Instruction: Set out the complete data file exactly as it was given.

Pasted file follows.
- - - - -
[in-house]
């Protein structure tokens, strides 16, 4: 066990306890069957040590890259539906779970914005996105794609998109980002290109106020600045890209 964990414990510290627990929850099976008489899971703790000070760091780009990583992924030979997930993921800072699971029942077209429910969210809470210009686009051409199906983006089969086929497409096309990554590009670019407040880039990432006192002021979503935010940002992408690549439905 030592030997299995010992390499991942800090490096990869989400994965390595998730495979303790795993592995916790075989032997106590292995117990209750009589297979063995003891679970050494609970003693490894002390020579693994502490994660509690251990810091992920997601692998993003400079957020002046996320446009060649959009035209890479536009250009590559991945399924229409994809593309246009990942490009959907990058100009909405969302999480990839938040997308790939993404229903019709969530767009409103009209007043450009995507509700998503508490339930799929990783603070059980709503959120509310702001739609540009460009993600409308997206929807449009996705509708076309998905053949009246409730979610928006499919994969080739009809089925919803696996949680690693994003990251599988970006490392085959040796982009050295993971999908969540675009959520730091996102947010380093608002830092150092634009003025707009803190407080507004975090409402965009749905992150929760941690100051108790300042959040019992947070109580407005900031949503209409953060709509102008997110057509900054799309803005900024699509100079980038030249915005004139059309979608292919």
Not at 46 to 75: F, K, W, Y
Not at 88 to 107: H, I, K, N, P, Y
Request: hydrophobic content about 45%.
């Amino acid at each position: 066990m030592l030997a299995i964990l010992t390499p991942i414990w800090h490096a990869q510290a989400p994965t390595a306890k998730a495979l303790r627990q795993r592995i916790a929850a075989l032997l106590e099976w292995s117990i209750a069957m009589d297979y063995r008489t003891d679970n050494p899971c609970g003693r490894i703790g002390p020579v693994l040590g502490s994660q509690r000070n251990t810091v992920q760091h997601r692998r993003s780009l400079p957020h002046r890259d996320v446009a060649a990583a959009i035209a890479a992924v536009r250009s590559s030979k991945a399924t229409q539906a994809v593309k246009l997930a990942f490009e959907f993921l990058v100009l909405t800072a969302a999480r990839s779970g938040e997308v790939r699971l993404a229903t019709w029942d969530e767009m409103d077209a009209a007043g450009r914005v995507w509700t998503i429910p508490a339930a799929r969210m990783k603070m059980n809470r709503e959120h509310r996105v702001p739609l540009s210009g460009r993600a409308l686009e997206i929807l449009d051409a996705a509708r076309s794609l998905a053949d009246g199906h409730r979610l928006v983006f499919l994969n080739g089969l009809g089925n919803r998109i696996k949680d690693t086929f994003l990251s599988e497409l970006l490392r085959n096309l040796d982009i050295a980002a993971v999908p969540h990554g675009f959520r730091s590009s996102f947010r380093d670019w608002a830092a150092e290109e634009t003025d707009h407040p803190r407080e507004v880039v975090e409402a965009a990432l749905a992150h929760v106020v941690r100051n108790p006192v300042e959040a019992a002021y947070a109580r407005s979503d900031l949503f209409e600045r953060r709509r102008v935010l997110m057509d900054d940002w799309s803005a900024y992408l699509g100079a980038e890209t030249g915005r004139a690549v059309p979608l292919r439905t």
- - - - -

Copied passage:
[in-house]
């Protein structure tokens, strides 16, 4: 066990306890069957040590890259539906779970914005996105794609998109980002290109106020600045890209 964990414990510290627990929850099976008489899971703790000070760091780009990583992924030979997930993921800072699971029942077209429910969210809470210009686009051409199906983006089969086929497409096309990554590009670019407040880039990432006192002021979503935010940002992408690549439905 030592030997299995010992390499991942800090490096990869989400994965390595998730495979303790795993592995916790075989032997106590292995117990209750009589297979063995003891679970050494609970003693490894002390020579693994502490994660509690251990810091992920997601692998993003400079957020002046996320446009060649959009035209890479536009250009590559991945399924229409994809593309246009990942490009959907990058100009909405969302999480990839938040997308790939993404229903019709969530767009409103009209007043450009995507509700998503508490339930799929990783603070059980709503959120509310702001739609540009460009993600409308997206929807449009996705509708076309998905053949009246409730979610928006499919994969080739009809089925919803696996949680690693994003990251599988970006490392085959040796982009050295993971999908969540675009959520730091996102947010380093608002830092150092634009003025707009803190407080507004975090409402965009749905992150929760941690100051108790300042959040019992947070109580407005900031949503209409953060709509102008997110057509900054799309803005900024699509100079980038030249915005004139059309979608292919």
Not at 46 to 75: F, K, W, Y
Not at 88 to 107: H, I, K, N, P, Y
Request: hydrophobic content about 45%.
């Amino acid at each position: 066990m030592l030997a299995i964990l010992t390499p991942i414990w800090h490096a990869q510290a989400p994965t390595a306890k998730a495979l303790r627990q795993r592995i916790a929850a075989l032997l106590e099976w292995s117990i209750a069957m009589d297979y063995r008489t003891d679970n050494p899971c609970g003693r490894i703790g002390p020579v693994l040590g502490s994660q509690r000070n251990t810091v992920q760091h997601r692998r993003s780009l400079p957020h002046r890259d996320v446009a060649a990583a959009i035209a890479a992924v536009r250009s590559s030979k991945a399924t229409q539906a994809v593309k246009l997930a990942f490009e959907f993921l990058v100009l909405t800072a969302a999480r990839s779970g938040e997308v790939r699971l993404a229903t019709w029942d969530e767009m409103d077209a009209a007043g450009r914005v995507w509700t998503i429910p508490a339930a799929r969210m990783k603070m059980n809470r709503e959120h509310r996105v702001p739609l540009s210009g460009r993600a409308l686009e997206i929807l449009d051409a996705a509708r076309s794609l998905a053949d009246g199906h409730r979610l928006v983006f499919l994969n080739g089969l009809g089925n919803r998109i696996k949680d690693t086929f994003l990251s599988e497409l970006l490392r085959n096309l040796d982009i050295a980002a993971v999908p969540h990554g675009f959520r730091s590009s996102f947010r380093d670019w608002a830092a150092e290109e634009t003025d707009h407040p803190r407080e507004v880039v975090e409402a965009a990432l749905a992150h929760v106020v941690r100051n108790p006192v300042e959040a019992a002021y947070a109580r407005s979503d900031l949503f209409e600045r953060r709509r102008v935010l997110m057509d900054d940002w799309s803005a900024y992408l699509g100079a980038e890209t030249g915005r004139a690549v059309p979608l292919r439905t």